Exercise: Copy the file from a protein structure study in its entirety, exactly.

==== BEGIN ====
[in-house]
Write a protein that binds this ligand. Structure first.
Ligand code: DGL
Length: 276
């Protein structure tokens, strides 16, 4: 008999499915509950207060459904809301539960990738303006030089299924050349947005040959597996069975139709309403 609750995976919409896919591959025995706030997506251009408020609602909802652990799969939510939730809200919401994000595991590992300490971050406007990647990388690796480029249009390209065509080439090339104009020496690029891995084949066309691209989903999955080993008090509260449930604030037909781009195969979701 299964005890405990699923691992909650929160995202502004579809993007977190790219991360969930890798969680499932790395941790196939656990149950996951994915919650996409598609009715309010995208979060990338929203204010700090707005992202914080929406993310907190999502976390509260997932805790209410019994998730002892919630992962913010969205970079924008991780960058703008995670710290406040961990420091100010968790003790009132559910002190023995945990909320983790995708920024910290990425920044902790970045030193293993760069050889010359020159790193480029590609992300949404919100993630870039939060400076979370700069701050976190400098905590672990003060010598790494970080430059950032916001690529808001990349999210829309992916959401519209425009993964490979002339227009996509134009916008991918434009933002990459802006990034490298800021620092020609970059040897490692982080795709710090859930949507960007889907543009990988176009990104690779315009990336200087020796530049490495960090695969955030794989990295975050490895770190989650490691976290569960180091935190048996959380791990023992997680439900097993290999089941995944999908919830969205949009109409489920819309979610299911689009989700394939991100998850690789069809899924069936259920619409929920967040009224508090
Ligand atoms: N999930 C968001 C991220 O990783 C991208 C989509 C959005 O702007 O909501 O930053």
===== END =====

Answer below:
[in-house]
Write a protein that binds this ligand. Structure first.
Ligand code: DGL
Length: 276
């Protein structure tokens, strides 16, 4: 008999499915509950207060459904809301539960990738303006030089299924050349947005040959597996069975139709309403 609750995976919409896919591959025995706030997506251009408020609602909802652990799969939510939730809200919401994000595991590992300490971050406007990647990388690796480029249009390209065509080439090339104009020496690029891995084949066309691209989903999955080993008090509260449930604030037909781009195969979701 299964005890405990699923691992909650929160995202502004579809993007977190790219991360969930890798969680499932790395941790196939656990149950996951994915919650996409598609009715309010995208979060990338929203204010700090707005992202914080929406993310907190999502976390509260997932805790209410019994998730002892919630992962913010969205970079924008991780960058703008995670710290406040961990420091100010968790003790009132559910002190023995945990909320983790995708920024910290990425920044902790970045030193293993760069050889010359020159790193480029590609992300949404919100993630870039939060400076979370700069701050976190400098905590672990003060010598790494970080430059950032916001690529808001990349999210829309992916959401519209425009993964490979002339227009996509134009916008991918434009933002990459802006990034490298800021620092020609970059040897490692982080795709710090859930949507960007889907543009990988176009990104690779315009990336200087020796530049490495960090695969955030794989990295975050490895770190989650490691976290569960180091935190048996959380791990023992997680439900097993290999089941995944999908919830969205949009109409489920819309979610299911689009989700394939991100998850690789069809899924069936259920619409929920967040009224508090
Ligand atoms: N999930 C968001 C991220 O990783 C991208 C989509 C959005 O702007 O909501 O930053």